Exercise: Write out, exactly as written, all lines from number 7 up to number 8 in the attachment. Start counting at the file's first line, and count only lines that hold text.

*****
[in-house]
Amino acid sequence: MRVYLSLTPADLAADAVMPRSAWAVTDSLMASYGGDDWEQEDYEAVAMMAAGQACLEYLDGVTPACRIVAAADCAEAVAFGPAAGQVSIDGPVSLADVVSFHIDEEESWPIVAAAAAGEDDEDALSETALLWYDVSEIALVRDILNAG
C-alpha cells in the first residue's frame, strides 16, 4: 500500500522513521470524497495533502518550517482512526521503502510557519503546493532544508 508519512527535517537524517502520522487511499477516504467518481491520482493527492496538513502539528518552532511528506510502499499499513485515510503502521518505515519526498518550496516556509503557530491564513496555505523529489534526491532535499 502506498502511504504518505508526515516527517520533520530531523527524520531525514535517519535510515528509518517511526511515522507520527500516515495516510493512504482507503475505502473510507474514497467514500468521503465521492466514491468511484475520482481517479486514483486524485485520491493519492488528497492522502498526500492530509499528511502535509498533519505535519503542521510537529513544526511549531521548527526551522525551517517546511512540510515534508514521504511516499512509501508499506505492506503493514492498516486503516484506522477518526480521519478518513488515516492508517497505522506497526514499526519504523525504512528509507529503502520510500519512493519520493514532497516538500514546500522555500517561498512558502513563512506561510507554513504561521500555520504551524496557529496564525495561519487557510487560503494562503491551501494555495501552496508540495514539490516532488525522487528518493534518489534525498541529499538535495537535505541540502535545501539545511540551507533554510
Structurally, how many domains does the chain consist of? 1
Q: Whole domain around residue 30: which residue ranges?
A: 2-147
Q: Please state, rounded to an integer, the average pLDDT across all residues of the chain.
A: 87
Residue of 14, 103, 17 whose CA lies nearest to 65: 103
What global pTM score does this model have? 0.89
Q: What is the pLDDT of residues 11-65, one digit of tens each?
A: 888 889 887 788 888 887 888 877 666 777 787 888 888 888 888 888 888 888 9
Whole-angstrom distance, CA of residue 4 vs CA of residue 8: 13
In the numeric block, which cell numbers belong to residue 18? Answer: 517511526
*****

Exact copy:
Q: Please state, rounded to an integer, the average pLDDT across all residues of the chain.
A: 87